If you are offended by talking about sexual activies, sexual violence directly and in a descriptive manner, then you should not read this blog. I would highly recommend it as +18, too. If my language offends any of you, I am sorry. I hate sugarcoating the reality of sexual violence.
This blog won't be about how we should protect unborn children in cases or rape. I guess that we all know and accept here that a right to live is a right that anyone has, despite of one's health condition, gender, religion, ethnicity and stage of developement. Of course, anyone has the same right to live despite of the circumstances of conception, too. Human being conceived in a happy marriage is not more worthy that human being conceived in rape or incest. However, the case of abortion and rape seems to be especially difficult to argue upon. Why is that? Is that really because of how vicious pro-choicers are? I guess that it is a little bit complicated then that. And my thesis is that in order to fight succesfully in this case, pro-life movement should engage in a war against sexual violence of any sort.
Sexual violence is a huge problem across the globe. And still it's women who are the majority of victims. You can easily check the statistics about sexual violence from your country - I presume you may be shocked to find out how high numbers are. Remember that statistics often describe reported cases ony - and much of sexual violence of any sort is still hidden in a dark. Rape happens to every group of women (because I'm focusing on women in this blog, though of course men are victims of sexual violence, too. We all should have that in mind) - from women working in sex business to covered Muslim girl to old ladies. Rape can happen to anyone, not to mention other forms of sexual violence. Sexual violence can happen in a dark street, but it also happens in a workplace, on a date, in a relationship, including marriage. Rape has been used as a weapon in modern (and not only modern) warfare. In some traditional communities, women that has been rape are excluded from a community. It means that raping women is a better way to destroy a community than to actually fight with soldiers.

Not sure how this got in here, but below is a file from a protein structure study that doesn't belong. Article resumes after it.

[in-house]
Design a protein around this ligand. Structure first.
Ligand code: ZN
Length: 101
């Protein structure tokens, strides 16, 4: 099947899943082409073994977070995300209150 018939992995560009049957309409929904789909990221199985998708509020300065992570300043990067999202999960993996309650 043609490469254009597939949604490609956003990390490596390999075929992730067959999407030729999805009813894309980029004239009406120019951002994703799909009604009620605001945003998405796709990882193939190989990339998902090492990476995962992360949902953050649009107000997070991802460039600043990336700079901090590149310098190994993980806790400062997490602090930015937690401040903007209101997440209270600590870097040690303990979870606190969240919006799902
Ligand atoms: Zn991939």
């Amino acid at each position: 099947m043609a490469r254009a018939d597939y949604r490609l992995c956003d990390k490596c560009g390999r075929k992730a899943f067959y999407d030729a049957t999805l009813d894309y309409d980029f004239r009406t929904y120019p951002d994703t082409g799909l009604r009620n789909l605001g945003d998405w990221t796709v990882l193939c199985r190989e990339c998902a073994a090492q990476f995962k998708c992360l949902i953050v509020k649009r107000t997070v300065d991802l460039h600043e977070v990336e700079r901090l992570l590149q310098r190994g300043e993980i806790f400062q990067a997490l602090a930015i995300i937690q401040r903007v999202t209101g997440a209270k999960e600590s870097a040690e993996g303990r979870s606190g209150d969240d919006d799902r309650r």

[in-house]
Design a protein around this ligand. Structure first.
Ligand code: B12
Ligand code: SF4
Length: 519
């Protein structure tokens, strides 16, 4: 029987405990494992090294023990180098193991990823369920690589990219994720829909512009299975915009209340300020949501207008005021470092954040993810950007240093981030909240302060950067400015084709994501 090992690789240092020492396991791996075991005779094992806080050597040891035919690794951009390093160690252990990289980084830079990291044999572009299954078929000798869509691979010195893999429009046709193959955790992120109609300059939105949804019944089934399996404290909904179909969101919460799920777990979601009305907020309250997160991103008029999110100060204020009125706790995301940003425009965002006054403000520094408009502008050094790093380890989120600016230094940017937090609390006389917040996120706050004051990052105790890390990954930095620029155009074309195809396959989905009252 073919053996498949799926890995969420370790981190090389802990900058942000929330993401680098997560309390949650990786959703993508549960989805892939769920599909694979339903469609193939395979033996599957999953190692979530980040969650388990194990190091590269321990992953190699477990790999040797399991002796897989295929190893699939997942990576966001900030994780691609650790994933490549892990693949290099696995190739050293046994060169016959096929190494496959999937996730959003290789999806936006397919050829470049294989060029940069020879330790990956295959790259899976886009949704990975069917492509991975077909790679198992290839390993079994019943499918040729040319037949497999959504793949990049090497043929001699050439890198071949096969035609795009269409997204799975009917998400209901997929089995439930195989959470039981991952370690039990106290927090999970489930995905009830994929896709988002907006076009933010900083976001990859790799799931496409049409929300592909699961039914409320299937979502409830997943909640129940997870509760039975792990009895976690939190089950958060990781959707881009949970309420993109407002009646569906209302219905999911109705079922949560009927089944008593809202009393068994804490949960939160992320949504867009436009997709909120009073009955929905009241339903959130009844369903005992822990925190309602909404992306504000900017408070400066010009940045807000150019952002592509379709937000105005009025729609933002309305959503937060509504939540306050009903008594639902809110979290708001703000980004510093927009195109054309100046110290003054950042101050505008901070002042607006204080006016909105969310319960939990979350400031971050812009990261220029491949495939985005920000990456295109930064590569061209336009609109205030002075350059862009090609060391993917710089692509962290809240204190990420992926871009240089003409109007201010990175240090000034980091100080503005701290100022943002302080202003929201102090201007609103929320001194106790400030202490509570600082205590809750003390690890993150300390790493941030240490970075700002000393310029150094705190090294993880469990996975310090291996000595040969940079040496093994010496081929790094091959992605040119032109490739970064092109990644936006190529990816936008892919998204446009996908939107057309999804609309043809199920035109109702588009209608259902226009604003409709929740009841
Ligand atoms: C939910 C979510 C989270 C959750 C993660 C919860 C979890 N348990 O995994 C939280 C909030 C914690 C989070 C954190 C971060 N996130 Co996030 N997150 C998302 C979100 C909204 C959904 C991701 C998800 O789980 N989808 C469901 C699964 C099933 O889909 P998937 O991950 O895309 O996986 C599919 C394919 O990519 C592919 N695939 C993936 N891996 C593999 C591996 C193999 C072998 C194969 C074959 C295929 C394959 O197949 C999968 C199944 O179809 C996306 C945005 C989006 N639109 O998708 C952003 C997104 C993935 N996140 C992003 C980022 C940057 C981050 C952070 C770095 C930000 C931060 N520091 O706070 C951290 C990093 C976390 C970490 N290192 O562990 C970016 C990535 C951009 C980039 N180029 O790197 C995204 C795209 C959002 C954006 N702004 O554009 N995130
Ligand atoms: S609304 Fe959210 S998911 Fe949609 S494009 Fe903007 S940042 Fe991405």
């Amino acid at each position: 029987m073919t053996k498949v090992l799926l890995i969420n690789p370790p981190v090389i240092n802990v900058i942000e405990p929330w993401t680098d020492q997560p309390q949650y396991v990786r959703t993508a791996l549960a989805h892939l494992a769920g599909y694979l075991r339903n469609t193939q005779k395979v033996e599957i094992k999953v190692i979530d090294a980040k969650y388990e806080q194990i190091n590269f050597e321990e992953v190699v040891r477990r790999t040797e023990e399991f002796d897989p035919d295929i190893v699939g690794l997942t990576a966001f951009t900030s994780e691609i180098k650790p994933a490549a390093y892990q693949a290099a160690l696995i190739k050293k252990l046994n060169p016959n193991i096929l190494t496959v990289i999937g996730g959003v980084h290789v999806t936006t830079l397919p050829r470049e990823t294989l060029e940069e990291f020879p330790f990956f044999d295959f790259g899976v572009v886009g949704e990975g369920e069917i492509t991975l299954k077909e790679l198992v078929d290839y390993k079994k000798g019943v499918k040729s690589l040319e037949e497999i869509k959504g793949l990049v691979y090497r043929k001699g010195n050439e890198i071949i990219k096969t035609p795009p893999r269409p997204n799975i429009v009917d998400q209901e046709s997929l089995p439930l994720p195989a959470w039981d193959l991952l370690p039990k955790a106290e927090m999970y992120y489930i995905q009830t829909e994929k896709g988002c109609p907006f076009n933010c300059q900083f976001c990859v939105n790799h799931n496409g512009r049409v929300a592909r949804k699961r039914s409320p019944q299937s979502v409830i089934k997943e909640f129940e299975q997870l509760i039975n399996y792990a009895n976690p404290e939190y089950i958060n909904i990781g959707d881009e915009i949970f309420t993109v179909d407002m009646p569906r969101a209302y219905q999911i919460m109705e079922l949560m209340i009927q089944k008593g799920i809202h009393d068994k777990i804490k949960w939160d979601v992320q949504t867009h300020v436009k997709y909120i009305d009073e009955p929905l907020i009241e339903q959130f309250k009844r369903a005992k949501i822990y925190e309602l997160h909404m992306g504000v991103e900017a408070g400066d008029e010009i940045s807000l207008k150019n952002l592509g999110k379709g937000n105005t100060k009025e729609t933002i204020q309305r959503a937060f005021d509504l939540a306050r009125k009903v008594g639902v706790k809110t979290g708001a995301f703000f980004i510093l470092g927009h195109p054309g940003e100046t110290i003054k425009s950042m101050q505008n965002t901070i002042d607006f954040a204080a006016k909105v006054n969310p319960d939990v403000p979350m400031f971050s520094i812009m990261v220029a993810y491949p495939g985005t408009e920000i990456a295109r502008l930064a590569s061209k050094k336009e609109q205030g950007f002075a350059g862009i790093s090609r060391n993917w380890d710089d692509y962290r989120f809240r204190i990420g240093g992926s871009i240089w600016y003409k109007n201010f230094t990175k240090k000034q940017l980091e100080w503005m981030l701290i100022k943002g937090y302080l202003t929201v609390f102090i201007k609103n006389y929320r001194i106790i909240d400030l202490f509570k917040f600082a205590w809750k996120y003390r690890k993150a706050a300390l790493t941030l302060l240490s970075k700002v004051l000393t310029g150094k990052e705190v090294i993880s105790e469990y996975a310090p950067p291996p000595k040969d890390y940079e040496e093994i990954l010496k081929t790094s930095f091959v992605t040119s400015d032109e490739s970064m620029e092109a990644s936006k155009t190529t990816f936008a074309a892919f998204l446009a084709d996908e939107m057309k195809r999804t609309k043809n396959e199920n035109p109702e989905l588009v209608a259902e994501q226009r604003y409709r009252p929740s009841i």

I happen to live, and you too, in a society that treats sexual violence as a crime. However, it was not always like that. And, to my surprise, I have a weird and uncomfortable impression that sexual violence as a subject is not treated with enough seriousness and enough care. I have been scared of rape since I was a little girl. It's not that I'm frightened or something. It's not that I think about it every day. But quite often, when I walk somewhere, when I travel somewhere I have this terrible thought inside my head that this could happen to me, too. I did not stop me from doing many things - even things that are considered risky - as travelling alone to Nepal when I was 18. But I always fear a little bit (or a lot, depending of circumstances) that I could be hurt because of sexual violence.
I must consider myself lucky. No one ever tried to rape me. I had a few dangerous situations in my life, though. One happen during a day. Happy, sunny day. I was going to meet my dad in order to go shopping furnitures. I passed two young men drinking bear on a bench near my house. They managed to describe, very loudly, how I look, in much offensive and unpleasant manner, and they did talk what would they do with me, exactly. Which part of my body they would touch etc. To say that it was uncomfortable is not enough. I did not react - I guess that it would not be reasonable. But the feeling of humiliation and fear (what if they tried to actually touch me, at least? I was one, and there were two of them. Physically I did not stand a chance) was just overwhelming. The same evening I just cried so loudly because of the feeling of helplesness that I hate. I'm a type of person who likes control. My friends call me strong. My friends and family thinks I am invincible. This experience made me realise how delicate I can be. And I did not like this feeling even a bit.